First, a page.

creditors may liquidate the firm and seize its assets. If the firm is not liquidated, after sales service is provided by the firm during the second period. The relationship between the firm’s initial owners/creditors and the management team needed to run the firm is subject to moral hazard. We consider the unverifiable cash flows framework along the lines of Bolton and Scharfstein (1996) and Hart and Moore (1998). Income is unverifiable (but observable) and management can divert it. There are several alternatives how the firm’s initial owners could address the agency problem. As will be discussed in more detail below, in our setting, the most convenient way for the owners to benefit from their claims is to sell the firm’s assets to management via a leveraged buy out. Management thus issues debt on a competitive credit market, transfers the proceeds of the debt issue to the initial owners, and takes ownership of the firm’s assets. The liquidation threat associated with debt disciplines management to pay out free cash flow as long as liquidation is costly for management (Jensen 1986). These costs can stem from losses of reputation, of control benefits, and of other private benefits. Gilson (1989) provides empirical evidence that these losses can be quite substantial. He finds that about more than half of the managers of financially distressed firms are replaced and not hired by comparable, exchange–listed firms for at least three years. We capture these costs by assuming that management loses an amount B > 0 if the firm is liquidated and creditors seize its assets.7 The T = 1 liquidation value of the firm’s assets is given by L. To make the analysis interesting, we assume that liquidation is inefficient, L < B. We allow for partial liquidation. For simplicity, there are constant returns to scale: if creditors seize a fraction β ∈ [0, 1] of the firm’s assets, the firm survives subsequent asset restructuring with probability 1 − β and fails with probability β (in which case assets become worthless and the firm exits). Expected liquidation proceeds and management’s continuation control benefit are thus given by βL and (1 − β)B, respectively. A credit contract specifies a repayment R to be made at T = 1. If management pays out R, the firm is not liquidated.8 If management does not pay out R, creditors are entitled to seize a fraction β > 0 of the firm’s assets and collect the liquidation proceeds. As we shall argue below, β is closely related to the firm’s leverage (the value of debt claims over the total value of the firm). We now turn to the description of the product market characteristics. Until section 4, we consider a representative consumer with preference for variety. The 7

More precisely, we suppose that management gains a control benefit B if the firm is not liquidated. See Dyck and Zingales (2001) for a comparative empirical analysis of private benefits of control. Most generally, the parameter B can be thought of being inversely related to the severity of managerial incentive problems. This allows to relate B to variables that are typically employed in empirical analysis to proxy the severity of agency problems (see e.g. La Porta et al. 1997, 1998). 8 This is without loss of generality as long as the assets’ liquidation value is sufficiently low relative to the liquidation deadweight costs imposed on customers, which we will assume throughout the text. See the appendix for a full characterization of the optimal financial contracts.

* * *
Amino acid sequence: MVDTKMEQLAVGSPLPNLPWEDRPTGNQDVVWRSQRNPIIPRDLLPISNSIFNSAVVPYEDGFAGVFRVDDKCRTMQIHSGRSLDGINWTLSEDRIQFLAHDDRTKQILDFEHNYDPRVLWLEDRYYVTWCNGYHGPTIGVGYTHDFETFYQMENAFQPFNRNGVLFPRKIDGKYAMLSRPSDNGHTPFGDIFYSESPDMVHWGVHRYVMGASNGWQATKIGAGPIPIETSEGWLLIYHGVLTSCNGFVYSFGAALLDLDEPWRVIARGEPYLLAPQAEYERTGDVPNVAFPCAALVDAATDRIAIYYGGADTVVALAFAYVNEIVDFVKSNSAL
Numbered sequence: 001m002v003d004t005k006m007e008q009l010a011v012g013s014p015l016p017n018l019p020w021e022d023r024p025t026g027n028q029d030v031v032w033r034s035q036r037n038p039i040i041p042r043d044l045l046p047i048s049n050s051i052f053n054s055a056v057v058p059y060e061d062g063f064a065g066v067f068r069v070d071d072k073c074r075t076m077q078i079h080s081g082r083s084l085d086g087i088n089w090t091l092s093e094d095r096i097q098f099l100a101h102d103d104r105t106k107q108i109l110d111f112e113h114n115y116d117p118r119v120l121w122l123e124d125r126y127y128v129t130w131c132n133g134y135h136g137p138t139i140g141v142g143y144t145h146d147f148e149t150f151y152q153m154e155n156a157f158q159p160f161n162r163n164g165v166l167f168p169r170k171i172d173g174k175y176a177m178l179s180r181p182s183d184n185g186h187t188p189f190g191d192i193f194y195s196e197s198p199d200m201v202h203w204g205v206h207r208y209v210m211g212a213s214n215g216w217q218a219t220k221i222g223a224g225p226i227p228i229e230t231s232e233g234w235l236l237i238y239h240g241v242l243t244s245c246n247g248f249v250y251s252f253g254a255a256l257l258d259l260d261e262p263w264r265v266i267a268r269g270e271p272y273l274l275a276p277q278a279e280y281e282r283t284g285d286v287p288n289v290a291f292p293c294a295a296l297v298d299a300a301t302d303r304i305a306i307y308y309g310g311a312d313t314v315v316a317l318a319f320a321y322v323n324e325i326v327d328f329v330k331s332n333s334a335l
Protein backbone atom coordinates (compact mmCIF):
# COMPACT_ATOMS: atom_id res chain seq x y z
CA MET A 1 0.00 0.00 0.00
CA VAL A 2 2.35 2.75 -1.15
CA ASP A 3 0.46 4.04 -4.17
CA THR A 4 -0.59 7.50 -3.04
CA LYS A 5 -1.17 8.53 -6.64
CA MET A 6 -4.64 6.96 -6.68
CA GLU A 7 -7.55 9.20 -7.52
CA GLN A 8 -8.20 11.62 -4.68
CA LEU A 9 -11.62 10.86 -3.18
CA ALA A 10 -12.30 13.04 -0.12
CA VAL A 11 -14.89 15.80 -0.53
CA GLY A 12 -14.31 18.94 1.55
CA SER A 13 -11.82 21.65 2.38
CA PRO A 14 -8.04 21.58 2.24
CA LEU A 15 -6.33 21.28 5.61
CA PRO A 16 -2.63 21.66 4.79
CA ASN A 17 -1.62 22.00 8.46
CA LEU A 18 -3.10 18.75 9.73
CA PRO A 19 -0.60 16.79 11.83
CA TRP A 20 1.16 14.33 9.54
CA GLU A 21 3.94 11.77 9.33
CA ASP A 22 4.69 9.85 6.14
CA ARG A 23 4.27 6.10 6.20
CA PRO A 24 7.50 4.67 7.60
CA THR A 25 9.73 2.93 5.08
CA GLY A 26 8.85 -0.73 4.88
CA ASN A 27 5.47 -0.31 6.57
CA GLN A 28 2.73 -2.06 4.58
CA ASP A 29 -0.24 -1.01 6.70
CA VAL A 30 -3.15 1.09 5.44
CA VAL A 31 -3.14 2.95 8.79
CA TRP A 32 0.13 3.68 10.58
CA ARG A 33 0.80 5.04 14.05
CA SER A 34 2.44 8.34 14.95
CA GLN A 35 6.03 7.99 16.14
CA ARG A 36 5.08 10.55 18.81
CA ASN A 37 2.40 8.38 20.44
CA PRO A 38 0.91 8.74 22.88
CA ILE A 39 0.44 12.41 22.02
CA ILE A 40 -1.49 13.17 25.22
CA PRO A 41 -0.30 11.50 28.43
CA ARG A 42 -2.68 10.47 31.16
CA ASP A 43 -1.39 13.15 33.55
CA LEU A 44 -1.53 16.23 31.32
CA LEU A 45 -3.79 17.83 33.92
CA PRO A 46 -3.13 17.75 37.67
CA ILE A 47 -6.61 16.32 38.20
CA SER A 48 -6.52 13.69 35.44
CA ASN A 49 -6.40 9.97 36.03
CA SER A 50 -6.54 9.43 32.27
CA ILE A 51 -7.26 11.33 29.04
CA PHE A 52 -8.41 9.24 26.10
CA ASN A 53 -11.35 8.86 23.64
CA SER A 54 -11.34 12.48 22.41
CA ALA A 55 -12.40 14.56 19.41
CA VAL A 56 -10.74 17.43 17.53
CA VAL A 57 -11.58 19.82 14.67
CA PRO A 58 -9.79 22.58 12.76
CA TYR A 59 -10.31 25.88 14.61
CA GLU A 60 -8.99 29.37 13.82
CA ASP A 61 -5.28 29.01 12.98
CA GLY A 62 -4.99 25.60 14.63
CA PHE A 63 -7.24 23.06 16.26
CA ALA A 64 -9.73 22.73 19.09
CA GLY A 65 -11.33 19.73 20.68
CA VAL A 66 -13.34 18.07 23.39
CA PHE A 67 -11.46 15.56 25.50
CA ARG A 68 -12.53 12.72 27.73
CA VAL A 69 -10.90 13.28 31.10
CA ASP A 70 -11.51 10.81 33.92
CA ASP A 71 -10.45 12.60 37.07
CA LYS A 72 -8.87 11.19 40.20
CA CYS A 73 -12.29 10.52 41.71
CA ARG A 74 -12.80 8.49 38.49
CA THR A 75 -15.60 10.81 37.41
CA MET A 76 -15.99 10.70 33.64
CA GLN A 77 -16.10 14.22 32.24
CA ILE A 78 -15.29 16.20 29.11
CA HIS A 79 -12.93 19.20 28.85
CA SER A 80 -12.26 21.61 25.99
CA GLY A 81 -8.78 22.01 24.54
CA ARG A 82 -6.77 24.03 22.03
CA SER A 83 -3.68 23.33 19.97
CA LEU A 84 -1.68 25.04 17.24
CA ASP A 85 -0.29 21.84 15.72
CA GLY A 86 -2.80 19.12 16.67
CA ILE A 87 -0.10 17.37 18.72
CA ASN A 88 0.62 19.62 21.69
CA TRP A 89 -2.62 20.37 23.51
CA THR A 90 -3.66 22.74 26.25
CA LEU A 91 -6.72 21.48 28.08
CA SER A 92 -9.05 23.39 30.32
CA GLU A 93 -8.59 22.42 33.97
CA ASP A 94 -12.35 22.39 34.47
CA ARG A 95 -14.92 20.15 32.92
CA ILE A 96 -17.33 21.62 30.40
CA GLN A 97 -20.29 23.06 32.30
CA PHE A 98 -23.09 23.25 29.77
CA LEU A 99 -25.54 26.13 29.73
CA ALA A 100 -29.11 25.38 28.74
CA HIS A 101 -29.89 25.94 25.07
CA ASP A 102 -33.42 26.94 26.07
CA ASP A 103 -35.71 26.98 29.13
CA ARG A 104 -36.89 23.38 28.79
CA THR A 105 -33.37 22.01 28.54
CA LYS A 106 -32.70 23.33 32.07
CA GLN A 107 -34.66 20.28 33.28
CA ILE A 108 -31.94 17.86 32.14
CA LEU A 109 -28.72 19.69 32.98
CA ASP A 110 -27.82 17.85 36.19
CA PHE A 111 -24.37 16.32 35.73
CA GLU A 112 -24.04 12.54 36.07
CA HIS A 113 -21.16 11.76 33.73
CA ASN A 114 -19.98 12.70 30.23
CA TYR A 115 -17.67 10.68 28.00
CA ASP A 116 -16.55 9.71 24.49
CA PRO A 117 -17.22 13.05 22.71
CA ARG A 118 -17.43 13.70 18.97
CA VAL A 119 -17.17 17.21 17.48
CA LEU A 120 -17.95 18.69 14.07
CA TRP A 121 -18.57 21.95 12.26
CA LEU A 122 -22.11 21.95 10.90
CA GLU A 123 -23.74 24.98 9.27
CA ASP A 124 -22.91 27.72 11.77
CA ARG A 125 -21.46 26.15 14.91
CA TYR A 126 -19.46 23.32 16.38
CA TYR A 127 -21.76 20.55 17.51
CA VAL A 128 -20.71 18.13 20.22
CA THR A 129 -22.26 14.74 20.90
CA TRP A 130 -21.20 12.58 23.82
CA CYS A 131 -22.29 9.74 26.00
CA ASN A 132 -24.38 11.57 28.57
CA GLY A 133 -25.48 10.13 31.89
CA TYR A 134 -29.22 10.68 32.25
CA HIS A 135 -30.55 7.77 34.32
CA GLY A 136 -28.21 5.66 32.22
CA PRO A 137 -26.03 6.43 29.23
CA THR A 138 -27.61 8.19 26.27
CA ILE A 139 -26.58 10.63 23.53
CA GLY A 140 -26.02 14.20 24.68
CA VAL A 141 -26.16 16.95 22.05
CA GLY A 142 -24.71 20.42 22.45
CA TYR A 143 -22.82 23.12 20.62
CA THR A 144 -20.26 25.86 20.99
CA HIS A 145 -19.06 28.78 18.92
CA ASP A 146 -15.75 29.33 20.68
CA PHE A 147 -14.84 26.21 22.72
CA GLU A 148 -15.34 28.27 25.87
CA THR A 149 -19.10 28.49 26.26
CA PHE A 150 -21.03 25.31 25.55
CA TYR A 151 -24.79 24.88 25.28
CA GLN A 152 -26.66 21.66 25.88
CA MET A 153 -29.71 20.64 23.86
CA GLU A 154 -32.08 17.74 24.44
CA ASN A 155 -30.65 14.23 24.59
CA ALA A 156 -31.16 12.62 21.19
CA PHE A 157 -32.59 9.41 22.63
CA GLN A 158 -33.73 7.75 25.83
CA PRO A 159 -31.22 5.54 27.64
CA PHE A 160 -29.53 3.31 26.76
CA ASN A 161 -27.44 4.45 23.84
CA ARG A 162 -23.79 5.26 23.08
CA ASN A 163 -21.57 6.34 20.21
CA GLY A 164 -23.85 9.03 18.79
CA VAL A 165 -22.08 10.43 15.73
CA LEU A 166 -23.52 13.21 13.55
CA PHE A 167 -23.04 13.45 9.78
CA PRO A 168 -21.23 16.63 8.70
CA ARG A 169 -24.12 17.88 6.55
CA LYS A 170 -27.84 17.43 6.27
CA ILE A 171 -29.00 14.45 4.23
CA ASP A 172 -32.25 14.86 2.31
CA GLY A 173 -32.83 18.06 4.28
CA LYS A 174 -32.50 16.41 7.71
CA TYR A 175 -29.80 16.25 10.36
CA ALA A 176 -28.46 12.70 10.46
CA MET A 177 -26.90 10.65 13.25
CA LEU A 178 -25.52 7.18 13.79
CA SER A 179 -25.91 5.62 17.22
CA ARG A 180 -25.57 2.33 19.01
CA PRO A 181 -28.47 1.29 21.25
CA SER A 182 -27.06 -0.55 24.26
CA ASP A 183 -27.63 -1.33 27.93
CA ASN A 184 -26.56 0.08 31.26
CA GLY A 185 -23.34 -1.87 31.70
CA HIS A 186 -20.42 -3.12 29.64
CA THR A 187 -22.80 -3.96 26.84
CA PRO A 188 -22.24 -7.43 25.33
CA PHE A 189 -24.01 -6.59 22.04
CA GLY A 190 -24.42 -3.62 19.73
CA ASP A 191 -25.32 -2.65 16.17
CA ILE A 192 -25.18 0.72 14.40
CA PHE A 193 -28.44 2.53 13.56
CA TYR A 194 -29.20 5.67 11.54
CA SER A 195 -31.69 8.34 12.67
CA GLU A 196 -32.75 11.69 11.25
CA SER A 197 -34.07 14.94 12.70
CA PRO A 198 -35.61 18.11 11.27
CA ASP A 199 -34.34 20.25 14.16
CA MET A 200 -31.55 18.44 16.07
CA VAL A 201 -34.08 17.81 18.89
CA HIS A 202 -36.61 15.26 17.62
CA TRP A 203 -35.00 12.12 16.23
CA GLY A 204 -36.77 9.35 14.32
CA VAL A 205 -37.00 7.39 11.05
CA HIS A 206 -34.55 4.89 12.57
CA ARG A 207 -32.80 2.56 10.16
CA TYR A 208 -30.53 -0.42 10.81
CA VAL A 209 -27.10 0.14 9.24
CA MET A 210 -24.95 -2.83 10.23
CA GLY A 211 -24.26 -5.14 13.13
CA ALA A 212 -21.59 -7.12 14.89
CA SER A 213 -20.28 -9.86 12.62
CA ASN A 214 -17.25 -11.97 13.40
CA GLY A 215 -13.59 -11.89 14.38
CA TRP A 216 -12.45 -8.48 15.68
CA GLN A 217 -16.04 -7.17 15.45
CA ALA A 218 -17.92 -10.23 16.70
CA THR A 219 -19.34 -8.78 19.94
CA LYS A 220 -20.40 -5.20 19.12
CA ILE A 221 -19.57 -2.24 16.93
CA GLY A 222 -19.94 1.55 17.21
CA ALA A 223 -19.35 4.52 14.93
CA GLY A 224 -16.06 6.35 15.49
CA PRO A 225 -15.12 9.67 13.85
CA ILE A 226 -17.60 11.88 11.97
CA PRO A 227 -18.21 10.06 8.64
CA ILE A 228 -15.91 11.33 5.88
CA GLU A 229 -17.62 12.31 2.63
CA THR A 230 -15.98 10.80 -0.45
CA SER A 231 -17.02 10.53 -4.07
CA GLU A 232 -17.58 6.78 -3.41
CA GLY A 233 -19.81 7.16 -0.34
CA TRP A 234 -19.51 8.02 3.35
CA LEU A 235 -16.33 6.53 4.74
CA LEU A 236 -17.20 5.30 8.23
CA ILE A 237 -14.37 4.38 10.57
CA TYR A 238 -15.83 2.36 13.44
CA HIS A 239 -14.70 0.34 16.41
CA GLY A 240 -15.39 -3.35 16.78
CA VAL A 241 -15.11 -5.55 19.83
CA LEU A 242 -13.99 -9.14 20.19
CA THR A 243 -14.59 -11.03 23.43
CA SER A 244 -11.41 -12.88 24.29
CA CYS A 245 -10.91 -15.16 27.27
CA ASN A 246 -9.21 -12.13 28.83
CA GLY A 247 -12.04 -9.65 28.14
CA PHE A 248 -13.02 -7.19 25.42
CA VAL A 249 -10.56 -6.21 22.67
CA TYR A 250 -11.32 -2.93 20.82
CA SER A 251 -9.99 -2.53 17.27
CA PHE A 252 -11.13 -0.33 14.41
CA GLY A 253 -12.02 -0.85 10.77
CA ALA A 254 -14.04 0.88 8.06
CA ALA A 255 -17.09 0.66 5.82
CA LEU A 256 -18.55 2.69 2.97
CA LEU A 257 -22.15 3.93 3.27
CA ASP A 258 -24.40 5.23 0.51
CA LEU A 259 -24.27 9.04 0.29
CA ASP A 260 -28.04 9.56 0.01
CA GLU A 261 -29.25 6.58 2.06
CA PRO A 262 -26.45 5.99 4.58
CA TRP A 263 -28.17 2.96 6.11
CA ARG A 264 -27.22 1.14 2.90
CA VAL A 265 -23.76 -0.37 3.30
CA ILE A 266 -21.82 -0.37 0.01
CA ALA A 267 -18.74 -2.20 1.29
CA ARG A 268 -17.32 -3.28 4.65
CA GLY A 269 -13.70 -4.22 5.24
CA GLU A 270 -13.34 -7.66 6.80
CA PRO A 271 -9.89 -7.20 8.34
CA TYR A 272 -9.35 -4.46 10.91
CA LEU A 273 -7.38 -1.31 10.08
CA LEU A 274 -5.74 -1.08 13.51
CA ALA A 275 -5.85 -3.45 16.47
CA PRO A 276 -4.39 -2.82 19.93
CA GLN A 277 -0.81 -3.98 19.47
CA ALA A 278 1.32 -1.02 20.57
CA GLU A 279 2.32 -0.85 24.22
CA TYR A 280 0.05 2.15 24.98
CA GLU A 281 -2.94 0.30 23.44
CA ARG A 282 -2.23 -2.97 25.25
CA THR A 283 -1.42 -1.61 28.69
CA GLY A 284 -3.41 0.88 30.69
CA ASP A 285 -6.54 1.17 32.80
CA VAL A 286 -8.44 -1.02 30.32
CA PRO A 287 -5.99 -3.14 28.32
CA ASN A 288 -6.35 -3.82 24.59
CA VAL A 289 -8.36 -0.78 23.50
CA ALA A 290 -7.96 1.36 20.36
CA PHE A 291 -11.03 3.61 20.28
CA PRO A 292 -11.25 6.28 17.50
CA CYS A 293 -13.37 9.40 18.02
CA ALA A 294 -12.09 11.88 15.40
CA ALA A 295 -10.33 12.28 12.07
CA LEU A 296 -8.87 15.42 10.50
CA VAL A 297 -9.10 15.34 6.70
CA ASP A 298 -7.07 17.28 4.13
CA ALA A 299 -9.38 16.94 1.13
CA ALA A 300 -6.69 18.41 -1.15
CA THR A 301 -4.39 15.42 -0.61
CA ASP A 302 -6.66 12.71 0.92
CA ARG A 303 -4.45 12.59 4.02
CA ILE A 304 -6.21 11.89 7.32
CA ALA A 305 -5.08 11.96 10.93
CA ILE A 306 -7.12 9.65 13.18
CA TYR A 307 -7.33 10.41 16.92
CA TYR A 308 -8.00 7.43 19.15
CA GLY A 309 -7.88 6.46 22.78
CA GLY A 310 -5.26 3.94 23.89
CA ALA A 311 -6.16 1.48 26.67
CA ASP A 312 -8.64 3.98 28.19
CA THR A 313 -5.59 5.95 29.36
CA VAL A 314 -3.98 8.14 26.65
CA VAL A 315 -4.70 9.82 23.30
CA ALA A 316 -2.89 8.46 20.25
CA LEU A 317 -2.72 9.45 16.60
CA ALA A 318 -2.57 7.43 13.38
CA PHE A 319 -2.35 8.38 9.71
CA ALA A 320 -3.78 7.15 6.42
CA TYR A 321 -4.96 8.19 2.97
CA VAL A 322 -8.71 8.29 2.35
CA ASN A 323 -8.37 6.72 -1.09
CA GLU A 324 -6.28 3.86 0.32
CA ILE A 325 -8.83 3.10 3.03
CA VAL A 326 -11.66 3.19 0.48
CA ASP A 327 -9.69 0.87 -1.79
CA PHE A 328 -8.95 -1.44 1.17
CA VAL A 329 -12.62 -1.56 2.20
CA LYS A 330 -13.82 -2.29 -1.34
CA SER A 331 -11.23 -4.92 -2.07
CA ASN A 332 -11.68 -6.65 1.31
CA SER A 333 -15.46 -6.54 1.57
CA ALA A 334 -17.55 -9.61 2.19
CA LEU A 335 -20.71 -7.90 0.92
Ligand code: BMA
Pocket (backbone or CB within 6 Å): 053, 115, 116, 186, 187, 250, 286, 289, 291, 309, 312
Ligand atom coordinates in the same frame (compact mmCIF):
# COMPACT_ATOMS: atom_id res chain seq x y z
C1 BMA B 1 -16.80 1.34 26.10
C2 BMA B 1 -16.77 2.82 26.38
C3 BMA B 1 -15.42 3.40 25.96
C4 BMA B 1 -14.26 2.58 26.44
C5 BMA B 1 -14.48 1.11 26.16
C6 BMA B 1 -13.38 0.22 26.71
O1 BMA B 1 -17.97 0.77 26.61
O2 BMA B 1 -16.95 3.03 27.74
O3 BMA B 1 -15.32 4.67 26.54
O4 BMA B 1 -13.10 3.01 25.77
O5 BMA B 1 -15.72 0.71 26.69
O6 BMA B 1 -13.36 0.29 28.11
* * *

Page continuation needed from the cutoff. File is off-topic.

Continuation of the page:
firm is innovative in that it can differentiate its product from the product offering of a competitive fringe. A product with design t ∈ [0, ∞) gives the consumer a payoff of V (t) (over the two periods), where V (t) is twice continuously differentiable, V (0) = 0, V 0 (t) > 0, V 00 (t) < 0, and limt→∞ V 0 (t) = 0. The competitive fringe produces a product with design t0 = 0 at zero marginal cost. We normalize the payoff from consuming the competitive fringe’s product to zero. Thus, in the absence of liquidation deadweight costs, the representative consumer’s willingness to pay would be given by V (t). The consumer relies on after sales service during the second period. It is inessential for our argument whether the consumer pays for after sales service up front or when the service is provided. We thus consider long term “warranty” contracts: if the firm is not liquidated, it provides after sales service (for simplicity, at zero marginal cost). In contrast, if creditors seize the firm’s assets, after sales service can no longer be provided by the firm. In this case the consumer has to turn to one of many third party service providers. These service providers compete `a la Bertrand and their cost of providing service (and thus the price charged for it) depends on the degree of product differentiation. The more the product is differentiated from the competitive fringe’s product offering, the larger is the service provider’s cost of supplying service (reflecting the higher costs of providing service for such a product). Formally, the cost of providing service by a third party is given by C(t) = αc(t), where c(t) is twice continuously differentiable, α > 0, c(0) = 0, c0 (t) > 0, and c00 (t) > 0. We refer to α as the product’s service intensity. Consistent with most bankruptcy codes (Appelbaum 1992), we assume that creditors’ claims are senior to customers’ warranty claims. Thus, creditors cannot be held liable for customers’ claims. In contrast, the initial owners would be liable for customers’ claims if they did not sell the firm’s assets to management via a leveraged buy out and instead employed a managerial incentive scheme. This implies that a termination threat by the initial owners on management would lack credibility as they would internalize the deadweight costs imposed on customers when firing management and liquidating the firm (management is essential for efficiently providing after sales service). As such, the initial owners would be reluctant to indeed stick to termination. In contrast, creditors can impose a credible threat of liquidation on management as they do not internalize the deadweight costs liquidation imposes on customers. This explains why a leveraged buy out is preferable in our setting.9 Under an incentive compatible and feasible contract, management pays out R in the high cash flow state, the firm is continued, and customers are provided with after sales service at zero cost. In the low cash flow state, management has to 9